Merriam-Webster’s Word of the Day for September 8, 2020 is:
impregnable im-PREG-nuh-bul adjective
1 : incapable of being taken by assault : unconquerable
“The castle was built on the corner of a great rock, so that on three sides it was quite impregnable….” — Bram Stoker, Dracula, 1897
“In his first months at Kryptos Logic, Hutchins got inside one massive botnet after another…. Even when his new colleagues at Kryptos believed that a botnet was impregnable, Hutchins would surprise them by coming up with a fresh sample of the bot’s code….” — Andrew Greenberg, Wired, 12 May 2020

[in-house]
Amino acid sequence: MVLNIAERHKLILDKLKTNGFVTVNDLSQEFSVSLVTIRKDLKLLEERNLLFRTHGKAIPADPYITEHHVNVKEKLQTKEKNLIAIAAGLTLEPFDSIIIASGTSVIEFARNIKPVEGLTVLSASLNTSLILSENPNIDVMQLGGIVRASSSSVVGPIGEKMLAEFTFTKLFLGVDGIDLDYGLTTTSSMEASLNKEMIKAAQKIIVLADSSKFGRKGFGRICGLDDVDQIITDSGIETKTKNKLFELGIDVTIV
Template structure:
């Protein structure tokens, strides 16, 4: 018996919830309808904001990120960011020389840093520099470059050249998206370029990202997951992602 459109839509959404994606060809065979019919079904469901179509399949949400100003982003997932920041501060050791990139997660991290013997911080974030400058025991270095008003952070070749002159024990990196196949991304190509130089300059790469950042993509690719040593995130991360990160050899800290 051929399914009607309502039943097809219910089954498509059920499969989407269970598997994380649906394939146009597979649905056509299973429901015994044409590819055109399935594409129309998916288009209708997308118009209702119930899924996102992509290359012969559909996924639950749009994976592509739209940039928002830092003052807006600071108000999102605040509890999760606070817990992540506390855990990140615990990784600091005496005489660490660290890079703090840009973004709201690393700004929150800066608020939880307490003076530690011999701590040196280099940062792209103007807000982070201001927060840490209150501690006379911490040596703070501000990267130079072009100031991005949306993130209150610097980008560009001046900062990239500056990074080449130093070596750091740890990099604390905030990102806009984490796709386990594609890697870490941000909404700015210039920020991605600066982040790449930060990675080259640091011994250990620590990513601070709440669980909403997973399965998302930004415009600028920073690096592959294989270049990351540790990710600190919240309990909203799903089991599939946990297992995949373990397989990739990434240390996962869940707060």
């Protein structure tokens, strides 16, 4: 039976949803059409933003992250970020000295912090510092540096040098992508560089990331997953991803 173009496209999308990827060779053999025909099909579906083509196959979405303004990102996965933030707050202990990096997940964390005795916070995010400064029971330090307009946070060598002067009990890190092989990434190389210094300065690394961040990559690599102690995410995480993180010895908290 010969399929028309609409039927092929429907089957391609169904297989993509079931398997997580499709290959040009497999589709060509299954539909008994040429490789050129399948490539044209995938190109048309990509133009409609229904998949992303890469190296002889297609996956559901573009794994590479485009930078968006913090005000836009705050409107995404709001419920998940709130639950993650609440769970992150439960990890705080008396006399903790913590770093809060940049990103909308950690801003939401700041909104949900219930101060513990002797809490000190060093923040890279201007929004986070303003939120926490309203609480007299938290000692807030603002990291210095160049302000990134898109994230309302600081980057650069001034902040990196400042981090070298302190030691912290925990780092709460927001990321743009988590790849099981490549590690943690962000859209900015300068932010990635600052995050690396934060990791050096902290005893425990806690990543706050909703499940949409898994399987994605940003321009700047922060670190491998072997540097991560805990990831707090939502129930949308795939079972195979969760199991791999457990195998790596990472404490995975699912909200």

Did you know?
Impregnable is one of the many English words that bear a French ancestry, thanks to the Norman conquest of England in 1066. It derives from the Middle French verb prendre, which means “to take or capture.” Combining prendre with various prefixes has given our language many other words, too, including surprise, reprise, and enterprise. Remarkably, impregnable has a different origin from the similar-looking word pregnant; that word comes from a different Latin word, praegnas, meaning “carrying a fetus.”